“Many people would argue, and I'm one of them, that this law hasn't had a very significant effect in bending the cost curve in any direction,” Richard Foster, chief CMS actuary, said in an interview Wednesday following a news conference on the report.
The overall annual growth in healthcare spending, from all sources, will accelerate from a low of 3.9% in 2010—when spending was muted by the recession—to a high of 8.3% in 2014, according to the CMS actuary's office. Annual increases will drop to 6.2% by 2020. Also, health spending will grow 5.8% annually through 2020, which is 1.1% faster each year than the projected growth in the gross domestic product. The projection also found healthcare spending as a share of GDP will grow in the coming decade from 17.6% in 2009 to 19.8% by 2020, which will increase overall spending from $2.6 trillion in 2010 to $4.6 trillion in 2020.
Those estimates may still severely underestimate future healthcare outlays because they assume that planned Medicare cuts in physician payments will occur as planned at the end of 2011. Foster, whose estimates are required to track provisions of federal law, as written, has acknowledged that Congress is unlikely to allow the CMS to cut Medicare physician payments by 29.5%.
Supporters of the law, however, rejected the numbers as inaccurate because the report did not include any expected savings from a variety of cost-saving initiatives that will launch in the coming years. The administration is still finalizing the rules for the first such initiatives that supporters of the 2010 overhaul hope will exert a significant enough cumulative impact to slow the growth in healthcare costs.
“As for bending the cost curve, I have faith in the delivery system reforms we put into the Affordable Care Act,” Rep. Pete Stark (D-Calif.), a leading congressional advocate of the healthcare law, told Modern Healthcare. “Critics will try to poke holes at every turn, but the reality is we need time for implementation to show us what works and what doesn't.”
It will take years to launch, test and scale initiatives such as Medicare's accountable care organizations, payment bundling and value-based purchasing, according to healthcare experts. But neither the White House or HHS officials offered any estimated timeframes for when such cost-control measures—assuming they deliver their intended savings—will begin slowing or reversing the accelerating rise in healthcare spending.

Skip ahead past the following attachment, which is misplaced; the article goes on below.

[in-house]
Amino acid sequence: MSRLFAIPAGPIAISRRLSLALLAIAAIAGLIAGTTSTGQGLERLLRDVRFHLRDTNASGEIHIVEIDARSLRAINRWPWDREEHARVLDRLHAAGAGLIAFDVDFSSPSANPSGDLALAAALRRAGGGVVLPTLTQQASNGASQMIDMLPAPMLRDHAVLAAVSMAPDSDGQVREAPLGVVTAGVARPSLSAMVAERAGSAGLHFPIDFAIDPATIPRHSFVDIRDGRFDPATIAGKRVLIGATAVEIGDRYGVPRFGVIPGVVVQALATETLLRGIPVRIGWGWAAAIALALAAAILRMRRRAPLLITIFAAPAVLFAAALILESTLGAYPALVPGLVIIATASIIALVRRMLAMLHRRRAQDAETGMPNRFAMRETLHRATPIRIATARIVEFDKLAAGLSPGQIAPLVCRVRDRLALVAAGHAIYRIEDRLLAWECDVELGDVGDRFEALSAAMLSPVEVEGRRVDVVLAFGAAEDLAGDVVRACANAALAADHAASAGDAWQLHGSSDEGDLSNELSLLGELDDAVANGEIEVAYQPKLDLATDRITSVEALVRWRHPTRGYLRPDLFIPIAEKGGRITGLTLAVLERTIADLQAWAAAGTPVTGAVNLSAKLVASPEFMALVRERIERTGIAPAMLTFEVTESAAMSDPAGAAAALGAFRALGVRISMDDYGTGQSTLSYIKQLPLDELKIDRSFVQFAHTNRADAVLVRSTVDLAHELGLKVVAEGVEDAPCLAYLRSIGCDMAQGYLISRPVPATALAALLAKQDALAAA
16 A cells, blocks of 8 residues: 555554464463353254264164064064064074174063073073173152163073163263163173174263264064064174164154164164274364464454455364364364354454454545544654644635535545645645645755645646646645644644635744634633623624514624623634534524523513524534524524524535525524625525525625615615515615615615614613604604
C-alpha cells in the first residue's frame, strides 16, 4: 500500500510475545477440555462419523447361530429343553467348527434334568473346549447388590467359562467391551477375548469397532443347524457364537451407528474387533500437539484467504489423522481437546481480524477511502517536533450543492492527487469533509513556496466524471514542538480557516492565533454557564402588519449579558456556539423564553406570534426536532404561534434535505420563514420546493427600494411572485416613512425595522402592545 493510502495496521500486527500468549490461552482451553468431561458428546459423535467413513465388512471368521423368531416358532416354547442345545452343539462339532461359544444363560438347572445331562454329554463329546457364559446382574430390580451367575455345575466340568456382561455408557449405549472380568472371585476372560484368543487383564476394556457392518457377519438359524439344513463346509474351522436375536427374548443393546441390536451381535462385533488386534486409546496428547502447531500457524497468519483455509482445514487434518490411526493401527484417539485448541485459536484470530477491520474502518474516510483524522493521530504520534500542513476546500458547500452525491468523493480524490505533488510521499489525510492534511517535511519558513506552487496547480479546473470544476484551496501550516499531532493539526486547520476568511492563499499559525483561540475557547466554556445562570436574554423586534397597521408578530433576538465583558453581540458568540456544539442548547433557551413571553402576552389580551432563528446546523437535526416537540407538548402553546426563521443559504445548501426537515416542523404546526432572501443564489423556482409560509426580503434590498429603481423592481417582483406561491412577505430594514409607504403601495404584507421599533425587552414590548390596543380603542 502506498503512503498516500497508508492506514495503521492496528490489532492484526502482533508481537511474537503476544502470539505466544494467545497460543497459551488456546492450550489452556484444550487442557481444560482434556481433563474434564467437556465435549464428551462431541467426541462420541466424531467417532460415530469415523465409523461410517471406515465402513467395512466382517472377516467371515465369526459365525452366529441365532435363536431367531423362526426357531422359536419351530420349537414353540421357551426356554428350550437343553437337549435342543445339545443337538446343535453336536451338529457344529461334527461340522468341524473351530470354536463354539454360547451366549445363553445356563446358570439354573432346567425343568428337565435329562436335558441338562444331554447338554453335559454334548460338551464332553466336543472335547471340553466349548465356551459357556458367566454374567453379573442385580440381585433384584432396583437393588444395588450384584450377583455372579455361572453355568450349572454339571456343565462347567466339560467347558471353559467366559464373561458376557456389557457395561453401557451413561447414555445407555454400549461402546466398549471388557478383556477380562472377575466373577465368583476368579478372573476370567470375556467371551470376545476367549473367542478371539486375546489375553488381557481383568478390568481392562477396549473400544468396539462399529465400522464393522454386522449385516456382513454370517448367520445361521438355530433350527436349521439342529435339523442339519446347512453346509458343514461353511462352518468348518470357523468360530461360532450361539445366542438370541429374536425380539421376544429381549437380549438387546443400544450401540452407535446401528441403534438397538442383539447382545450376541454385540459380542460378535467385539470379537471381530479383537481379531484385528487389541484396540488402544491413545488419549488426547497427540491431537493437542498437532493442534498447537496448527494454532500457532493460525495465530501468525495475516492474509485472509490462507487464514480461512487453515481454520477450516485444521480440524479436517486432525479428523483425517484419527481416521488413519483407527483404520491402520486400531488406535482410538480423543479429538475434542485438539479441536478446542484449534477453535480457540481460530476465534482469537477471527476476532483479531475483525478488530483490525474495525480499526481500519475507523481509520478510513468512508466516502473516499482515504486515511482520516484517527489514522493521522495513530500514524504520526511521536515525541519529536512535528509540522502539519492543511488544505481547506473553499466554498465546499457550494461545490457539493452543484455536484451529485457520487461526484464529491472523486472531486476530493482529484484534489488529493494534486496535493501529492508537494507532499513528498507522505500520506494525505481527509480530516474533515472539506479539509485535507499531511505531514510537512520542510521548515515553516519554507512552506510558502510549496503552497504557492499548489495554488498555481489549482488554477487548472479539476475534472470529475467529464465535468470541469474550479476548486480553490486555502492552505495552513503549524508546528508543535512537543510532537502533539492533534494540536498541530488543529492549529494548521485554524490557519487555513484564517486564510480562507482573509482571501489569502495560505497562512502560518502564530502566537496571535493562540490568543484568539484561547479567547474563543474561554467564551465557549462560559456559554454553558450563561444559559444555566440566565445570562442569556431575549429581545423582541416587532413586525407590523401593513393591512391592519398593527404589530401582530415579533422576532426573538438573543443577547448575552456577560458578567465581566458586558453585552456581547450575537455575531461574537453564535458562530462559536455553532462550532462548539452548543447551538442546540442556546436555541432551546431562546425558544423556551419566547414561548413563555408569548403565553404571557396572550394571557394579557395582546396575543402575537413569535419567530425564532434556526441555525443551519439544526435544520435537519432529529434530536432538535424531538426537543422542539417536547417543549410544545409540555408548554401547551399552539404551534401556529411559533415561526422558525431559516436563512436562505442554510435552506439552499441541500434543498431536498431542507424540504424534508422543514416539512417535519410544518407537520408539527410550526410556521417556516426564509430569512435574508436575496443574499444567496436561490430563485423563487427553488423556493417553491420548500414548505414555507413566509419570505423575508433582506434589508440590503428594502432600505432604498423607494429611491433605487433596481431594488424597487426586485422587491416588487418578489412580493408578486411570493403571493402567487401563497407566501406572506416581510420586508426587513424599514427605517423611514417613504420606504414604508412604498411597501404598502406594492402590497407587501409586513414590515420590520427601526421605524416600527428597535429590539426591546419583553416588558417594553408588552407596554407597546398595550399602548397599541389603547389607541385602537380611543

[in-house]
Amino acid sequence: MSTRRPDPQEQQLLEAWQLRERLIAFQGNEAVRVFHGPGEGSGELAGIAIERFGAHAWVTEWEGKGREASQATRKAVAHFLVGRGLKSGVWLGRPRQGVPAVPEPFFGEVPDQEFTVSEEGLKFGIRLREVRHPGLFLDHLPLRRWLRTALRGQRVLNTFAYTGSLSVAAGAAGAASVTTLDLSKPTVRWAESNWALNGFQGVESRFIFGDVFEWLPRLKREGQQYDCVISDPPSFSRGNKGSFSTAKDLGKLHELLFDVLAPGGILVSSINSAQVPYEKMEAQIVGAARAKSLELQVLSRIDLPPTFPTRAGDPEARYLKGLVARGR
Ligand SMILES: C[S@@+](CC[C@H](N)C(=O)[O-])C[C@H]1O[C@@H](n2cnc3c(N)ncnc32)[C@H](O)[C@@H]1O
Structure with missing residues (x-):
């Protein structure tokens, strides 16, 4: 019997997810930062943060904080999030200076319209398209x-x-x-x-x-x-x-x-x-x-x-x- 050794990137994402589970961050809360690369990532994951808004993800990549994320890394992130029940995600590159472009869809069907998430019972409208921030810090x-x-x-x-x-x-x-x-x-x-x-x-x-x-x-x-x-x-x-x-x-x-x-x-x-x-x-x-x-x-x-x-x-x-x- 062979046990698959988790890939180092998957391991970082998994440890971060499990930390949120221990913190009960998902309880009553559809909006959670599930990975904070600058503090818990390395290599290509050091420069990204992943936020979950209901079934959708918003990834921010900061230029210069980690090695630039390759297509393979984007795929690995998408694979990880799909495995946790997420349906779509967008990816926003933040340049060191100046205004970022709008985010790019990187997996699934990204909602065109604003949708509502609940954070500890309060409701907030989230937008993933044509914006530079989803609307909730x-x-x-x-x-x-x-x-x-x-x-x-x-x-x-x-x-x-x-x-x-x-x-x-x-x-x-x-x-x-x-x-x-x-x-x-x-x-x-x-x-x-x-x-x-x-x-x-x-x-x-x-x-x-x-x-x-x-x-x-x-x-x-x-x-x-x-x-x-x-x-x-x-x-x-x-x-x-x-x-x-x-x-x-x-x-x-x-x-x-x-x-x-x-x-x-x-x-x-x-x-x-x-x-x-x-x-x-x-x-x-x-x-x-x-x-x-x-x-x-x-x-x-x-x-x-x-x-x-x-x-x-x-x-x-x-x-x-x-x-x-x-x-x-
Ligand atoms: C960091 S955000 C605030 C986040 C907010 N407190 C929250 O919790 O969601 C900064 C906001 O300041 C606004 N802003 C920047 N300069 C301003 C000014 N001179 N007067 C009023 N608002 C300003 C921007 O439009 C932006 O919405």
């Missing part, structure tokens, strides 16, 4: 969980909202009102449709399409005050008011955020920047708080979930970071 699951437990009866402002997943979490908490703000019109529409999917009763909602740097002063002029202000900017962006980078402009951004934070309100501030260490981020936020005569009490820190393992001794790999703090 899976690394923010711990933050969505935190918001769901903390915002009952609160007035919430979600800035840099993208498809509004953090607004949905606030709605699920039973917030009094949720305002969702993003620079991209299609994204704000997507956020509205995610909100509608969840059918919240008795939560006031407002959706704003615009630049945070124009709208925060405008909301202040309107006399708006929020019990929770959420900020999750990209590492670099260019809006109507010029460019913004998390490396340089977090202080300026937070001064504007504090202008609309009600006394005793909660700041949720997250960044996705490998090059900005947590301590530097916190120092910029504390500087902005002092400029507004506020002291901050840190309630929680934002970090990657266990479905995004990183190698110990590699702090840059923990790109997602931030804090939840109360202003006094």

“(T)hese provisions of the law represent ideas that hospitals, doctors and employers all over America have been putting into practice for years, where they've been able to increase the quality of healthcare and reduce costs,” Nancy-Ann DeParle, White House deputy chief of staff, wrote on the administration's healthcare blog on the day the projections were released. “We are confident that these reforms—in addition to those in the law—will help make our healthcare system more efficient, provide better healthcare to millions of Americans and bring down healthcare costs for all of us.”
Some provider advocates likewise expressed hope that the payment and delivery reforms contained in the law will deliver their promised savings. Others, though, said the findings affirmed their reservations.
The 2010 healthcare law “was basically a coverage bill,” Mary Grealy, president of the Healthcare Leadership Council, a coalition of healthcare chief executives, said in an interview. “We just didn't get to the other half, which would be aimed at the cost-drivers in the system.”
Grealy said the healthcare system will not control ongoing steep increases in spending until additional legislation reshapes the dominant public insurance plans to give patients more options and incentives for patients to choose lower-cost care.
The estimates also provided fodder for the law's critics.
“Simply put, this report states the obvious that Americans have known for more than a year—the $2.6 trillion law only makes the fundamental problem of sky-rocketing healthcare costs worse,” Sen. Orrin Hatch (R-Utah) said a in written statement to Modern Healthcare.